Funding Teachers

The FLOCK Party was a huge success, but Lincoln fundraising is just getting started.

Friends of Lincoln must raise dollars to keep the great teachers we already have. Principal Chapman must immediately hire three teachers in Math, Science, and Technology before the end of May. That is when the best candidates have usually been snapped up.

We need to maintain our great programs such as International Baccalaureate (IB), Career and Technical Education (CTE) and the Arts. Think of the class that inspires your child: that's the one we need to preserve.

The average needed per family is $600 per year.

It sounds like a lot, but it's a way better investment than tutors and catch-up camps. Please give what you can. Some cannot give that, and others can give a lot more.

In the coming weeks, we will be telling you more about Lincoln's great classes, teachers, and the new building opening in 2022.

Thank you all.

Senior Stella Harkness studies Robotics at Lincoln High SchoolSenior Stella Harkness studies Robotics at Lincoln High School

The ability to double up on math and science makes Lincoln special

We have students who adore taking STEM (science, tech, engineering and math). Such classes often fuel the desire to show up and keep kids interested in their others.

Lincoln currently offers 39 STEM options, see the course guide.

Senior Stella Harkness is able to take Probability and Statistics, IB Biology HL and IB Physics HL. She also takes Robotics because, as she says, “It prepares you for multiple environments within the engineering scope and it teaches kids to act collaboratively.” Harkness worked on the robots which were on the runway at the FLOCK fashion-themed party in February. She likes that her robotics cohort competes in teams of four but they also learn cooperation, which is the hottest skill in the job market right now. “It isn't really a teaching class, it's more exploration and the teachers back us. It’s research, trial and error.”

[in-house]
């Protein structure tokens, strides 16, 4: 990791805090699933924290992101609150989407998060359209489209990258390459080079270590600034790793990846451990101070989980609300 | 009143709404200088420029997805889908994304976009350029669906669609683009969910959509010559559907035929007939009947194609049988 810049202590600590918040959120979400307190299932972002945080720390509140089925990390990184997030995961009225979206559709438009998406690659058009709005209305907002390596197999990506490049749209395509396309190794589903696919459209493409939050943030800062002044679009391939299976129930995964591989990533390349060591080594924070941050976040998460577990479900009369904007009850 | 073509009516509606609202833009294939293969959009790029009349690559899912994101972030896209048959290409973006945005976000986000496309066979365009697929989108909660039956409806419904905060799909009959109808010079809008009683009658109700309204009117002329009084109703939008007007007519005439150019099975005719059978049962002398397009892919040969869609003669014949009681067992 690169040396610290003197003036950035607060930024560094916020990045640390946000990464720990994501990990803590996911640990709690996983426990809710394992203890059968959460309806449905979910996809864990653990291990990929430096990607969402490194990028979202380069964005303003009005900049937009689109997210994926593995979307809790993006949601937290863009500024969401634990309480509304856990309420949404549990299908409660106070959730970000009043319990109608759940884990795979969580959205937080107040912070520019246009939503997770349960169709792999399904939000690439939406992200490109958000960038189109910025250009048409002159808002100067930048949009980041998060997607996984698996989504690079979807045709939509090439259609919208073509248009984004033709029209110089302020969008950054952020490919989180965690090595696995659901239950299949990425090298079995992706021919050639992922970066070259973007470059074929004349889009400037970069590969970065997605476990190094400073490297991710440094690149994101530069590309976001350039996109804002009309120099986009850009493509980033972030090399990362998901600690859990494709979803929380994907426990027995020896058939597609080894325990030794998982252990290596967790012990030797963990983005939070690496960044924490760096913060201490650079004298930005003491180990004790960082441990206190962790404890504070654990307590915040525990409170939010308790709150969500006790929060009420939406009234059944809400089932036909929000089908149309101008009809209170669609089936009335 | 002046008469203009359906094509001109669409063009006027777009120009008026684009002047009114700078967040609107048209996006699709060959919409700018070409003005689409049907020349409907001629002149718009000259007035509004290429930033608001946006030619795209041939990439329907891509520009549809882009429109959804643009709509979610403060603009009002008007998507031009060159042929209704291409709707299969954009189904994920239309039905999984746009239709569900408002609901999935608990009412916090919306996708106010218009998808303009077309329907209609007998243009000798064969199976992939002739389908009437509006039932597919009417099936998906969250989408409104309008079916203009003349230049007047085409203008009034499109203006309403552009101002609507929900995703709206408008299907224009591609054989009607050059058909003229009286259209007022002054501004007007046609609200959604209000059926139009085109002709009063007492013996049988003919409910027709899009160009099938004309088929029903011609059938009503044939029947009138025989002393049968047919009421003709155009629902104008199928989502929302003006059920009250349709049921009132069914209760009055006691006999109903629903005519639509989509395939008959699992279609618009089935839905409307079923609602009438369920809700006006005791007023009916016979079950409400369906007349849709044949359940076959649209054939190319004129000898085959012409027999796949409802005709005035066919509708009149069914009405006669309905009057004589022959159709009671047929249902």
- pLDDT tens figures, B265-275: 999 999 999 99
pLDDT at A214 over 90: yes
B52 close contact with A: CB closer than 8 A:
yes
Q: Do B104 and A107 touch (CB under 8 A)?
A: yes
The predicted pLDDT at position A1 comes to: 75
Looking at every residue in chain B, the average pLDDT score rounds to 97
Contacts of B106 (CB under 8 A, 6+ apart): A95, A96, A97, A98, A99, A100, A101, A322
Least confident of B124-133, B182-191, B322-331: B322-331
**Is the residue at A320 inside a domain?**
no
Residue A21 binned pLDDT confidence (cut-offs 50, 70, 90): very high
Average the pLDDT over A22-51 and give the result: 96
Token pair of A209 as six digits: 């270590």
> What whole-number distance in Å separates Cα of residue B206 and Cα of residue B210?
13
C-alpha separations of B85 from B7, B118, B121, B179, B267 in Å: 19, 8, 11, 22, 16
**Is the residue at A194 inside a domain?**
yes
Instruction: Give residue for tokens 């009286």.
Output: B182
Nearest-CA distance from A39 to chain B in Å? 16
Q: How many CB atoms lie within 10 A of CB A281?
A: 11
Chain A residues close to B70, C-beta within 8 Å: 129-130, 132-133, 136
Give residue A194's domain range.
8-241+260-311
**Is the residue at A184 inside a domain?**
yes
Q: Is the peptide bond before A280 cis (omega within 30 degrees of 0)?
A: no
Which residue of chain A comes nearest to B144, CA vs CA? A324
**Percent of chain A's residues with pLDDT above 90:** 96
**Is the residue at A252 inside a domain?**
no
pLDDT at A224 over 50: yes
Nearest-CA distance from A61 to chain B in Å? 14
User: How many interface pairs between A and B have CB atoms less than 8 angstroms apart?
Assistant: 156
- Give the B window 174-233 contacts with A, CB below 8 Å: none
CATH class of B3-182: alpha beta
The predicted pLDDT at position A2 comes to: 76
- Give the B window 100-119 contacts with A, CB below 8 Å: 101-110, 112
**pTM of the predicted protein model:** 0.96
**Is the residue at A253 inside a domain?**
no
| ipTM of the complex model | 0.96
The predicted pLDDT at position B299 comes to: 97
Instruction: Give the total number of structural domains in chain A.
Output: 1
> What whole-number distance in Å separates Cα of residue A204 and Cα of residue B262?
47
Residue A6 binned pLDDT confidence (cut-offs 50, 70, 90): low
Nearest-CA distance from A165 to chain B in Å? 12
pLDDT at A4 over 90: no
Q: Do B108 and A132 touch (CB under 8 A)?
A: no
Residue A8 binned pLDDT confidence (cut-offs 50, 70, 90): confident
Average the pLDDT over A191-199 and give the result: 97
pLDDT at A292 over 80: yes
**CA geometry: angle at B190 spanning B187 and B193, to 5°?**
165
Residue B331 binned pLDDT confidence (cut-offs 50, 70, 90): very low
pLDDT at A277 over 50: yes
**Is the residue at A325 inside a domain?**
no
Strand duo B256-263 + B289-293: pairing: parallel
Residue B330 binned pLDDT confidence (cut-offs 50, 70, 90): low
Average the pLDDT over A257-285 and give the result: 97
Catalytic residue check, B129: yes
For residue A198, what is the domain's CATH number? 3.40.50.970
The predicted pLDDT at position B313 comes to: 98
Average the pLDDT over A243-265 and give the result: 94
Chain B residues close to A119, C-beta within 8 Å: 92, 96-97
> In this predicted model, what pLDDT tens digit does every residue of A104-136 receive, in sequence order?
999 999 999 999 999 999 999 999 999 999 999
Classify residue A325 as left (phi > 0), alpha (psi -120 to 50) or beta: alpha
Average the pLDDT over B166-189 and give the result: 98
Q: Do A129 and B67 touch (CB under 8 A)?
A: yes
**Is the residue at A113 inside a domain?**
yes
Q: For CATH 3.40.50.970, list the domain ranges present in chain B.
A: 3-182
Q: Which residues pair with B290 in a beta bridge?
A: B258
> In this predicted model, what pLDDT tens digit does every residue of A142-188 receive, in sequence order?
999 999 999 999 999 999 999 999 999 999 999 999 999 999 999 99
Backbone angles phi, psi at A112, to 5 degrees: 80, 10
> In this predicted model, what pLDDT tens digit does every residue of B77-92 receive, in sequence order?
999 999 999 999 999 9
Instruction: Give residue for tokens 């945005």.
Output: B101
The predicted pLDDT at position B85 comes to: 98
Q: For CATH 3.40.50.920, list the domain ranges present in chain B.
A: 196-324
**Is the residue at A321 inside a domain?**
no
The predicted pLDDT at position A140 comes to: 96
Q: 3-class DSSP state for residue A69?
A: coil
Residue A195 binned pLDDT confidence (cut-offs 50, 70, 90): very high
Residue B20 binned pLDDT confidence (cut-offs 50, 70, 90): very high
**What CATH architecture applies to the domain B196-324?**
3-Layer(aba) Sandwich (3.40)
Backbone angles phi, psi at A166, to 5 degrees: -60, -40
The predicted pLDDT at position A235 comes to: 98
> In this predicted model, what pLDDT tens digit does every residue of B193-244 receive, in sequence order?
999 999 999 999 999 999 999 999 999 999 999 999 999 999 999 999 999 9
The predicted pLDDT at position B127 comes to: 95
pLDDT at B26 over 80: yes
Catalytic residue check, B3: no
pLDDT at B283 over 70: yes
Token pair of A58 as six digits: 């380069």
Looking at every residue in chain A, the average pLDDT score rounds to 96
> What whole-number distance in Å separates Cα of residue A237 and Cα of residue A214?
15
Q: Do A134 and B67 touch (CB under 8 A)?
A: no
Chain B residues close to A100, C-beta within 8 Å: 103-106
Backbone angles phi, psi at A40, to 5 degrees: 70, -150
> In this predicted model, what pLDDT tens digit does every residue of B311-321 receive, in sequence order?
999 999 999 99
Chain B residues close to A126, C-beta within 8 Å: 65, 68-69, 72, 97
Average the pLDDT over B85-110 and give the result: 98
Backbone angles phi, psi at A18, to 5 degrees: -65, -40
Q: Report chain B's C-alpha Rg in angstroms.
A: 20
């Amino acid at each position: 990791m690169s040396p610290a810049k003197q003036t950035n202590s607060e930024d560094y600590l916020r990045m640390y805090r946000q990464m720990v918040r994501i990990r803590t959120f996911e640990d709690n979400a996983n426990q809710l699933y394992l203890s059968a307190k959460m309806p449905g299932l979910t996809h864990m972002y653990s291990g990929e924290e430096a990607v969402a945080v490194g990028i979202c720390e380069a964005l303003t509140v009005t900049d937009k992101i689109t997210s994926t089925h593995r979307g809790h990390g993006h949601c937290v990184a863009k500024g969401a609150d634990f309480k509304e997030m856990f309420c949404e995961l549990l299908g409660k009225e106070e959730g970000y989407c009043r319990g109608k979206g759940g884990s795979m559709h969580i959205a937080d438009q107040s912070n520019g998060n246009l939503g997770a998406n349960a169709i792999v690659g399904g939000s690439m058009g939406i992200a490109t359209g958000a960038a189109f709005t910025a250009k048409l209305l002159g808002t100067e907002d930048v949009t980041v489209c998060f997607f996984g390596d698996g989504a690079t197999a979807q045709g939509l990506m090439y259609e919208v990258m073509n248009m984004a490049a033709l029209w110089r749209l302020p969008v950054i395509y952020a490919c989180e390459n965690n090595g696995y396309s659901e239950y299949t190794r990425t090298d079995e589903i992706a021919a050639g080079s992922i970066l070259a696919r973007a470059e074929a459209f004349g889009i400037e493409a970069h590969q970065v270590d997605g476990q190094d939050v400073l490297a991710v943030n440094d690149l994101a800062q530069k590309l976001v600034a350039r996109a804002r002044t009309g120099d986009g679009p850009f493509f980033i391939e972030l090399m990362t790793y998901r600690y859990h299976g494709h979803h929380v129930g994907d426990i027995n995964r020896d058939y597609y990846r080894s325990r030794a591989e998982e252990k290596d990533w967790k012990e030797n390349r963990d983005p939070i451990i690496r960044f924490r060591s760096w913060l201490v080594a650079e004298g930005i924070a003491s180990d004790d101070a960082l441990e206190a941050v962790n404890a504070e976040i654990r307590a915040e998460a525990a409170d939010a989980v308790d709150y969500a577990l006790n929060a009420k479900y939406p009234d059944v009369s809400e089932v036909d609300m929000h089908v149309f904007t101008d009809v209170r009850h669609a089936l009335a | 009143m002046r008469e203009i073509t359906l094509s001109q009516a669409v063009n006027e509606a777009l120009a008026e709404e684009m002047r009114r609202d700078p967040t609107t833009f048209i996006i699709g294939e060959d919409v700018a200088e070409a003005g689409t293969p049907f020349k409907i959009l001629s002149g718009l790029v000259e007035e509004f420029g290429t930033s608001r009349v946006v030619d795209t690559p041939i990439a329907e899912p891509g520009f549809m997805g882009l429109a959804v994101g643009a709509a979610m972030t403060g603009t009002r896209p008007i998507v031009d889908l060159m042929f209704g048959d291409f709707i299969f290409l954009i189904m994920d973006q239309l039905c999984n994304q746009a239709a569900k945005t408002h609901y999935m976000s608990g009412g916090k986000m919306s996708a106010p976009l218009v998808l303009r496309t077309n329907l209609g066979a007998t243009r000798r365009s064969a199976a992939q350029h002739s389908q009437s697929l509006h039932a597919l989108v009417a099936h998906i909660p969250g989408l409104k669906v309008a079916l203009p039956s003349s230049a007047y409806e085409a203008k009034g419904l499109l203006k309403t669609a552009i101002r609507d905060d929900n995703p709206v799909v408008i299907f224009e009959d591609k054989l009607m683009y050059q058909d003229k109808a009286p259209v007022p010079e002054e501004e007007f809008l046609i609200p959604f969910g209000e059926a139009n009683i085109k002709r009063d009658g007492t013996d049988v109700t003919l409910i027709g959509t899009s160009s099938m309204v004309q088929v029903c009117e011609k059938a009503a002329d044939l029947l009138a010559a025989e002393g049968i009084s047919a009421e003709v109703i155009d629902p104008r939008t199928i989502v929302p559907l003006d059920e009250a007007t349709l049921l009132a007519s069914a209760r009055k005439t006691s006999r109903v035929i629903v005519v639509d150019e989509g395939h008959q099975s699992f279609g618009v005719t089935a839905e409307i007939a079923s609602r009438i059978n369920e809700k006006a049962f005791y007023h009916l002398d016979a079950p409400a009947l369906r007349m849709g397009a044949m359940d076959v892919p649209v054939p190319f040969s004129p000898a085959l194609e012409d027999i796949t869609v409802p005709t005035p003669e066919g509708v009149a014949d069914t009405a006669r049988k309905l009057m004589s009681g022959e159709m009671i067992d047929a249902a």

The robots use sensors to move around 18-feet by 18-feet flat field. They have to be less than 18 x 18 x 18 inches, and be able to stack Lego blocks.

“The first lessons you learn are where the center of gravity is, whether to have more torque in your motor, and how to use color sensors.”

Harkness was speaking by phone from a visit to Tulane University in New Orleans, Louisiana. She wants to study bioengineering and political science, since she is also on the Constitution team. She also played forward in soccer for three years. She’s co-founder the Current Events club where members talk about current events that are not being discussed enough, such as leadership changes in Egypt and Venezuela or the religious riots in India. “Things like that that kids don’t want to talk about because there's so much happening on the domestic level that people don't really focus on the global scale.”

Right now, engineering is her passion. They work in Lincoln’s basement Classroom 11, which is “really like a large closet behind the kitchen,” says Harkness. Lincoln recruits from middle schools. There are Freshmen in the Robotics team, and they will get at least one year of the new building, their Senior year.